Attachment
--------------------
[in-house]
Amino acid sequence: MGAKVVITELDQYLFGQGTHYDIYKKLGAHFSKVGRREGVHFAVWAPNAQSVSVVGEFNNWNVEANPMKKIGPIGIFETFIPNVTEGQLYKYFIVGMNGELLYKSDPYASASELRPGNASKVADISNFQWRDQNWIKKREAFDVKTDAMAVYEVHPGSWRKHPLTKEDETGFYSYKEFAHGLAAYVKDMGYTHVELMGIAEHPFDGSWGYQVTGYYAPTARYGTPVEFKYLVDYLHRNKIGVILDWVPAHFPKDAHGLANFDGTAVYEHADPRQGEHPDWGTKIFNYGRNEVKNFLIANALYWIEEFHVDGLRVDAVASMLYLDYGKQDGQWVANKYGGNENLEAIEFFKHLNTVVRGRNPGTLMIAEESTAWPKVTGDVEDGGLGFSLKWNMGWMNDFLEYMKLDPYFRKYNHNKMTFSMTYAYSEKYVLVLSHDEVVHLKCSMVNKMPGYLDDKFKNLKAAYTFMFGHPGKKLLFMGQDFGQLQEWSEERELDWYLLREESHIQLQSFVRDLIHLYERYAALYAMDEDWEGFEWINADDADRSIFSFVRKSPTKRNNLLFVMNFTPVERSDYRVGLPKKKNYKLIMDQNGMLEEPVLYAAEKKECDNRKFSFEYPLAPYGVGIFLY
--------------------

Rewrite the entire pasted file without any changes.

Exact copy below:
[in-house]
Amino acid sequence: MGAKVVITELDQYLFGQGTHYDIYKKLGAHFSKVGRREGVHFAVWAPNAQSVSVVGEFNNWNVEANPMKKIGPIGIFETFIPNVTEGQLYKYFIVGMNGELLYKSDPYASASELRPGNASKVADISNFQWRDQNWIKKREAFDVKTDAMAVYEVHPGSWRKHPLTKEDETGFYSYKEFAHGLAAYVKDMGYTHVELMGIAEHPFDGSWGYQVTGYYAPTARYGTPVEFKYLVDYLHRNKIGVILDWVPAHFPKDAHGLANFDGTAVYEHADPRQGEHPDWGTKIFNYGRNEVKNFLIANALYWIEEFHVDGLRVDAVASMLYLDYGKQDGQWVANKYGGNENLEAIEFFKHLNTVVRGRNPGTLMIAEESTAWPKVTGDVEDGGLGFSLKWNMGWMNDFLEYMKLDPYFRKYNHNKMTFSMTYAYSEKYVLVLSHDEVVHLKCSMVNKMPGYLDDKFKNLKAAYTFMFGHPGKKLLFMGQDFGQLQEWSEERELDWYLLREESHIQLQSFVRDLIHLYERYAALYAMDEDWEGFEWINADDADRSIFSFVRKSPTKRNNLLFVMNFTPVERSDYRVGLPKKKNYKLIMDQNGMLEEPVLYAAEKKECDNRKFSFEYPLAPYGVGIFLY